• Kathy Tull, President, Canadian Society of Safety Engineering

Workshop #2 (October 2017)

Special advisor:Sponsored by:

In October 2017, CSHS held a follow-up workshop at Harvard Law School where the final research was released. Experts from publicly traded companies, investor groups and framework and standard setting organizations reacted to the findings and provided their feedback.

After presentations from experts in the field, workshop attendees shared reactions to the research findings and discussed the following questions:

  • Human capital management and reporting can drive performance, yet more research is needed. What research is most important? What are the best ways to engage with companies in that research?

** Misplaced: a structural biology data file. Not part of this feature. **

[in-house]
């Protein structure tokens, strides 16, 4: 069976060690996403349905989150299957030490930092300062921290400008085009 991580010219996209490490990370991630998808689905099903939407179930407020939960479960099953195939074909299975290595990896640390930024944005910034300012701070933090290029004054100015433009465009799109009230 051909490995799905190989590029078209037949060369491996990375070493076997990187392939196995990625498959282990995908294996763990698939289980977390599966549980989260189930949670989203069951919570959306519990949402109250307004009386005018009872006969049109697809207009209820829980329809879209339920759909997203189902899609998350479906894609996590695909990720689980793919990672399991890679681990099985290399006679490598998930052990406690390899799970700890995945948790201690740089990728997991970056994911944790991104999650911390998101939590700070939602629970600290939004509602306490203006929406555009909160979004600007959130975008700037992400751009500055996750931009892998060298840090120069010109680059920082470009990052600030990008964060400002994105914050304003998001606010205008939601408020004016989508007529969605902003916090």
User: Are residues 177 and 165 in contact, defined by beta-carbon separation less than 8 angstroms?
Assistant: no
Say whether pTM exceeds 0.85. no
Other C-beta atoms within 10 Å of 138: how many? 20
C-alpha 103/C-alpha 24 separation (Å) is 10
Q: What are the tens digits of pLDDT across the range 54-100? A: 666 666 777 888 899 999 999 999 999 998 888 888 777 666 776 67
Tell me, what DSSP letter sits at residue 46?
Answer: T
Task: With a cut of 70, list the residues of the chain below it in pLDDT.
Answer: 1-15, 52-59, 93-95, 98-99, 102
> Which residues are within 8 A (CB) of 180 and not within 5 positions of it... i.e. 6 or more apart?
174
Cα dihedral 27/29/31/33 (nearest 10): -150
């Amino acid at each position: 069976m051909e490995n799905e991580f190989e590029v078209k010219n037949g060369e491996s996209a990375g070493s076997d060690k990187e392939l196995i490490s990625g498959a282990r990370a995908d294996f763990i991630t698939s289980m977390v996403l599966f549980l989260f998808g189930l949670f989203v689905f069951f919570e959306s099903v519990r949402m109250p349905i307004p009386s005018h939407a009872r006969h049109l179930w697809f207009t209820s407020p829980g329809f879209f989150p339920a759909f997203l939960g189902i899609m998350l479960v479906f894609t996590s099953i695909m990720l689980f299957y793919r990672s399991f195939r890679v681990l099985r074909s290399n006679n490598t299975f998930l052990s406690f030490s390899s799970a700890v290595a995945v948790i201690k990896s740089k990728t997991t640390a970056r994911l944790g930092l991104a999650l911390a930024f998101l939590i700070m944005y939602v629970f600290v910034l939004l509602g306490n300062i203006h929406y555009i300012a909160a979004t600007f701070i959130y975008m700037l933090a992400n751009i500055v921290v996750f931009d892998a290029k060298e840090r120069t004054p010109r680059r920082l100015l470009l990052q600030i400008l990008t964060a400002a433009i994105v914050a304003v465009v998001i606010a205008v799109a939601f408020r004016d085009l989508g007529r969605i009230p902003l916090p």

• There is a gap between human capital management and disclosure. What are the best ways to spur companies to publicly disclose the metrics that they do track and collect (privately) and inspire them to publicly disclose?
  • There is a need for improved quality, consistency, and comparability of metrics. What steps should be taken by and with whom to spur a more broadly shared uniformity of metrics for public disclosure?

Speakers

  • Cambria Allen, Corporate Governance Director, United Autoworkers (UAW) Retiree Medical Benefits Trust
  • Larry Beeferman, Director, Pensions and Capital Stewardship Project Labor and Worklife Program - Harvard Law School
  • Aaron Bernstein, Senior Research Fellow, Pensions and Capital Stewardship Project Labor and Worklife Program - Harvard Law School